Introductory Pages and Unit-Long Learning Resources

This unit of study uses several materials to help students record and organize the many names, dates, and places related to the Civil War. This document describes how and when these resources will be used.

Lesson One: What Do You Know About the Civil War?

Student interest in the Civil War is activated through a class display of historical documents and photos. Students also listen to interesting facts about boys who served in the war. Students complete a pre-assessment and then participate in a small group K-W-L activity to share prior knowledge about the Civil War.

Lesson Two: How Did Economic Issues Lead to Civil War?

Students analyze differing conditions in the North and South related to income sources and labor forces through an inquiry lesson involving map and data interpretation.

Lesson Three: How Did Conflict Over Laws Contribute to Civil War?

In this inquiry lesson, students use timelines and historical sources to examine legal and cultural conflicts between the Northern and Southern states as well as between the states and the federal government. Students then use the information they gain to answer the question: What are the legal and cultural conflicts that led to civil war?

Lesson Four: Should Dred Scott Be Free?

Students study the life of Dred Scott and his pursuit of freedom in the courts (U.S. Supreme Court Case Scott v. Sandford, 1854). They analyze related court case summaries and discuss how the Dred Scott case may have contributed to the Civil War.

Lesson Five: The Issue of Slavery: Is Compromise the Answer?

Students research eighteenth century historical decisions regarding the admission of new states into the Union and the issue of slavery. Student groups create timelines of significant events and evaluate how these decisions contributed to the pending civil war.

Lesson Six: Should the South Secede from the Union?

Students participate in a Structured Academic Controversy to examine different sides of the 1860 issue,
Should the South Secede from the Union?

Lesson Seven: How Were Battlegrounds Selected?

Students use maps and timelines to analyze the changing strategies of both the North and the South and
ways in which the geography of the east coast and the topography of the battlefields impacted their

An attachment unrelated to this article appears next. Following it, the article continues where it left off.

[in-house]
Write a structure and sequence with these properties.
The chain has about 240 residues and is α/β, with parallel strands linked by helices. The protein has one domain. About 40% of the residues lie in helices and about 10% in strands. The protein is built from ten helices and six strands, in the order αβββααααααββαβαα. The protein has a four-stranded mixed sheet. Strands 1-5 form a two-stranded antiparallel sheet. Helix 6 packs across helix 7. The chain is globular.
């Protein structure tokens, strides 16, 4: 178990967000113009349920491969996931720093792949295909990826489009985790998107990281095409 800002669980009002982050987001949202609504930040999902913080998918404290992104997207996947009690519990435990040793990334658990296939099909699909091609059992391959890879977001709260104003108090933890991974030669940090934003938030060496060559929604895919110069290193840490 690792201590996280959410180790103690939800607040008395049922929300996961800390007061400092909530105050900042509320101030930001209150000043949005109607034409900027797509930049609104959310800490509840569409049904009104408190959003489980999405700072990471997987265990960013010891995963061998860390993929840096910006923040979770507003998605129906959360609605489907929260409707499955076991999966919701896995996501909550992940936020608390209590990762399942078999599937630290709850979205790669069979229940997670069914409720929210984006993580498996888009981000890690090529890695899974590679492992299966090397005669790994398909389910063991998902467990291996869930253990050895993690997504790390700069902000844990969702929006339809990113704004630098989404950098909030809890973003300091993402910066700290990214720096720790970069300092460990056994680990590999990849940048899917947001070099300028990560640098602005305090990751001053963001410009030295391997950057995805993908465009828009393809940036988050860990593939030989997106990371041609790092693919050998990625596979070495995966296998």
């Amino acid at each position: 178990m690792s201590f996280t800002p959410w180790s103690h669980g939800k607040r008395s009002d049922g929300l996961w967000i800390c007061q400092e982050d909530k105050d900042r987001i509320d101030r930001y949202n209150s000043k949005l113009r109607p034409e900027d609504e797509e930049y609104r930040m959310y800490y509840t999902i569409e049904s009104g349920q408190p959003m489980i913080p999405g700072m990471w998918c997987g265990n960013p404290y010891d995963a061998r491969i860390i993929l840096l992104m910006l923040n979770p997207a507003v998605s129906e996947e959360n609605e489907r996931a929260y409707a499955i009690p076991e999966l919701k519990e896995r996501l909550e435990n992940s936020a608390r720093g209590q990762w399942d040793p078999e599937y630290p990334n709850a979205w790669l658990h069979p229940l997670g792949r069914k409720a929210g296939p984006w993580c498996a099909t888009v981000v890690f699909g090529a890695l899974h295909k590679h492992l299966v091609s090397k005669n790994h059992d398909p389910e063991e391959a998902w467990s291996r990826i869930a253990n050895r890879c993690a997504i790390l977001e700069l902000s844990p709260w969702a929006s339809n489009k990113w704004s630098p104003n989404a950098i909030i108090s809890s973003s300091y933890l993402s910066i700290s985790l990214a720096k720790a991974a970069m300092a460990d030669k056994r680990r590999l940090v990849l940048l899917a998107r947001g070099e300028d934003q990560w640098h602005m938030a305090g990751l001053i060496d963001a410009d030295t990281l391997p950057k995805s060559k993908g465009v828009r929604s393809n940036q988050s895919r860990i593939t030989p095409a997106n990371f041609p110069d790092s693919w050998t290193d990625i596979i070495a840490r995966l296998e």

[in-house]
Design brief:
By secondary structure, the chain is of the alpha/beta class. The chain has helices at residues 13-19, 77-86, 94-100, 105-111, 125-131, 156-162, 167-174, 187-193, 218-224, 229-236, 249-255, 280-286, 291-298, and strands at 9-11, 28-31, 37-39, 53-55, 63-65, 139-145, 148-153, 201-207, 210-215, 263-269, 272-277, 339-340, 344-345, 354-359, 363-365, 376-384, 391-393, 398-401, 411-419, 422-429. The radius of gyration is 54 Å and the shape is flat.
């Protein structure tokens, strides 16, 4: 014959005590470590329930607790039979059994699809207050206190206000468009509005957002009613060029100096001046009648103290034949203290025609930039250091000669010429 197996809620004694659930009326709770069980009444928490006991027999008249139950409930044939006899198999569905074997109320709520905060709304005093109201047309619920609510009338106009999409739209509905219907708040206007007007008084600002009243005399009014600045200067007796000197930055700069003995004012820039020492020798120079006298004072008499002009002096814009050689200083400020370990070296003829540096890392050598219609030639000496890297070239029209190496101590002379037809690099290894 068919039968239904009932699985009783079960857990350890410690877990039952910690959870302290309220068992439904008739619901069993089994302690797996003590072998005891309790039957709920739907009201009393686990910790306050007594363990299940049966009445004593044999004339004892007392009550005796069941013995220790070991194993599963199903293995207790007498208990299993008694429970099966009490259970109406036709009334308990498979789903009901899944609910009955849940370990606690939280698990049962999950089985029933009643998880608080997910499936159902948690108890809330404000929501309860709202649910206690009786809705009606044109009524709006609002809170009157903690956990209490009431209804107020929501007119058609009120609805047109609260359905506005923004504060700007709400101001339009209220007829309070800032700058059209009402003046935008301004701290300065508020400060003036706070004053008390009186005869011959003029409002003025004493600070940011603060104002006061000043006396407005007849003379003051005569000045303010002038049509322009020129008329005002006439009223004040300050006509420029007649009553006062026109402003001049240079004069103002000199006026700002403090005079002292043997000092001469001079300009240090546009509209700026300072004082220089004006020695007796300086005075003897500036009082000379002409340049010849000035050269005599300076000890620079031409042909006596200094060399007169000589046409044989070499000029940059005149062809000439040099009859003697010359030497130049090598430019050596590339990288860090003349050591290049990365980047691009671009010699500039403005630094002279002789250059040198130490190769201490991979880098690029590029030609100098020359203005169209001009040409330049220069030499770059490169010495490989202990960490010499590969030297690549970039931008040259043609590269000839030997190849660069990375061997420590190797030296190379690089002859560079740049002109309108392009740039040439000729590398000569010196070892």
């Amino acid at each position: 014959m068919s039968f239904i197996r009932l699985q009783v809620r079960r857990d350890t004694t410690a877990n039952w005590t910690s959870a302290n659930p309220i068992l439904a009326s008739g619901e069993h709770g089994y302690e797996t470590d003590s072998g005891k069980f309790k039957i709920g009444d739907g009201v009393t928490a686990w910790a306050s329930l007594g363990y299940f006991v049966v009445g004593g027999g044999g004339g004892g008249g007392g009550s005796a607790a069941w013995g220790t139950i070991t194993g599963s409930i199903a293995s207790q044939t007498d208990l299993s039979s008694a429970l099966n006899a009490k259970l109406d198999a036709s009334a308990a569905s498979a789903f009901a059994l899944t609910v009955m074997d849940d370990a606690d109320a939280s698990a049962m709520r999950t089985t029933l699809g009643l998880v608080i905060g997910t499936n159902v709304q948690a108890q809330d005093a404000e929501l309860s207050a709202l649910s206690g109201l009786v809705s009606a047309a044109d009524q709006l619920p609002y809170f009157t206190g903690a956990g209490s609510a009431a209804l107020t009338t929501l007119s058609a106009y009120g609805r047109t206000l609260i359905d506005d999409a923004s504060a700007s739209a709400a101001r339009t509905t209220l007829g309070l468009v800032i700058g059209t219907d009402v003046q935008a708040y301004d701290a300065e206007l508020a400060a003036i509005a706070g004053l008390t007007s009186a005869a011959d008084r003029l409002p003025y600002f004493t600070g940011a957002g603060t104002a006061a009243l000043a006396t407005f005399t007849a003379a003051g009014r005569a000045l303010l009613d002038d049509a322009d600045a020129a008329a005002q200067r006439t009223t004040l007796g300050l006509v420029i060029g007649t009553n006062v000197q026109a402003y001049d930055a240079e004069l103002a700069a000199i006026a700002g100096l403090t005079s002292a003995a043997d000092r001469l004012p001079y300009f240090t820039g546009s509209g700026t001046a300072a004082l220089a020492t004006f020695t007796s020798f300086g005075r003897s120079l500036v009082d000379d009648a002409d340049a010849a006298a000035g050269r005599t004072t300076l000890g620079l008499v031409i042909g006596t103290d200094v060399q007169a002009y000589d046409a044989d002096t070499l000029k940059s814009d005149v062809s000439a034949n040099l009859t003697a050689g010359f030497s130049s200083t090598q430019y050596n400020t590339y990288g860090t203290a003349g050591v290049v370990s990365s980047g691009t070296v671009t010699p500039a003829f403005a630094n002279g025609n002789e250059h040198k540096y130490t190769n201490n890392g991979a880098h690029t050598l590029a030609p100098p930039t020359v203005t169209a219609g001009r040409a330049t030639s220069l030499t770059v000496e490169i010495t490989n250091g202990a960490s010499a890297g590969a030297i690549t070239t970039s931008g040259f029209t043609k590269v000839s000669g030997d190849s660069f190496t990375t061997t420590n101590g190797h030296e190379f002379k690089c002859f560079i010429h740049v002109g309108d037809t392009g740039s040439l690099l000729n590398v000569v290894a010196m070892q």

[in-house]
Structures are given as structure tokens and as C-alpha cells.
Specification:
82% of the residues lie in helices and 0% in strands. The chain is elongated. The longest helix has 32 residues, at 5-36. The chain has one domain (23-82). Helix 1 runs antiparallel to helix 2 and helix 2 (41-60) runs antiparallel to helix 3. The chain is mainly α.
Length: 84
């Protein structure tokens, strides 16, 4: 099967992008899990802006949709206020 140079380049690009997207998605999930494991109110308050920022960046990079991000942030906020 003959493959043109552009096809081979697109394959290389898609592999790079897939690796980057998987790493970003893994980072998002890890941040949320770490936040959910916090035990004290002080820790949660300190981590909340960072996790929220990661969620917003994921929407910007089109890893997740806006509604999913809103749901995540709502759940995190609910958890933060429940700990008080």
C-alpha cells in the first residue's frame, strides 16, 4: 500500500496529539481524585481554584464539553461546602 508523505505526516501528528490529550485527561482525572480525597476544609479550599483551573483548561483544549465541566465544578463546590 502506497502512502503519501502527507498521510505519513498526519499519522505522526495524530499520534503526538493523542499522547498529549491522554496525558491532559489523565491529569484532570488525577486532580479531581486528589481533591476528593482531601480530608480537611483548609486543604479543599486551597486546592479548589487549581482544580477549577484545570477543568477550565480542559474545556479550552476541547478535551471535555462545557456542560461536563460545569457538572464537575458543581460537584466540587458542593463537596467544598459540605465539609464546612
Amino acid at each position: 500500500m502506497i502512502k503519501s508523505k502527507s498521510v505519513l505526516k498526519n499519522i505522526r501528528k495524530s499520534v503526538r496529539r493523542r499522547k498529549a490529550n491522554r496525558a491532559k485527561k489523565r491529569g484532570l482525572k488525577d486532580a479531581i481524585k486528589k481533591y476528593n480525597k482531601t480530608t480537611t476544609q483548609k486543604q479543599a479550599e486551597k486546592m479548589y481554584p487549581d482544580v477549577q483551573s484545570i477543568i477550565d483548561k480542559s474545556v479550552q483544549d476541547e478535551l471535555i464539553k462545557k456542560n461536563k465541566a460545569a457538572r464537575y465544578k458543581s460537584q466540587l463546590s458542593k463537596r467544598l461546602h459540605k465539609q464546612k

Lesson Eight: Who Was Freed by the Emancipation Proclamation?

Students read and interpret the Emancipation Proclamation and identify the perspectives in a historical account. Groups read recruitment posters for African-Americans created after the Proclamation was issued in order to determine the Proclamation’s impact.

Lesson Nine: What is the Historical Significance of Gettysburg?

Students first examine the significance of the battle at Gettysburg as a turning point in the war and then prepare for and participate in a Socratic Seminar on Abraham Lincoln’s Gettysburg Address that engages them in analyzing the issues, ideas, and values of this significant historical speech.

Lesson Ten: When Will the Fighting End?

Students use maps and timelines to analyze the changing strategies of both the North and the South and how the geography of the east coast and the topography of individual battlefields impacted their decisions. Students also evaluate Sherman's "total war" in the south.

Lesson Eleven: What Was Daily Life Like During the Civil War?

Students select exhibits from a classroom “museum” of life during the Civil War in order to investigate aspects of life for soldiers, women, and freed Blacks in the South in order to develop empathy and perspective recognition. Students analyze historical evidence and record important points.

Lesson Twelve: What if You Lived During the Civil War?

Students continue working with the information they learned about daily life in Lesson 11 to prepare dramatic, musical, or written historical interpretations. The focus of the lesson is on perspective recognition, helping students to internalize the beliefs, attitudes, and experiences of people who lived in the past.

Lesson Thirteen: What Do We Know About the Civil War?

In this two-day lesson, students create War Cards representing important people, places, events, and ideas related to the Civil War and use those cards to play several games for review. Students then complete a post-assessment.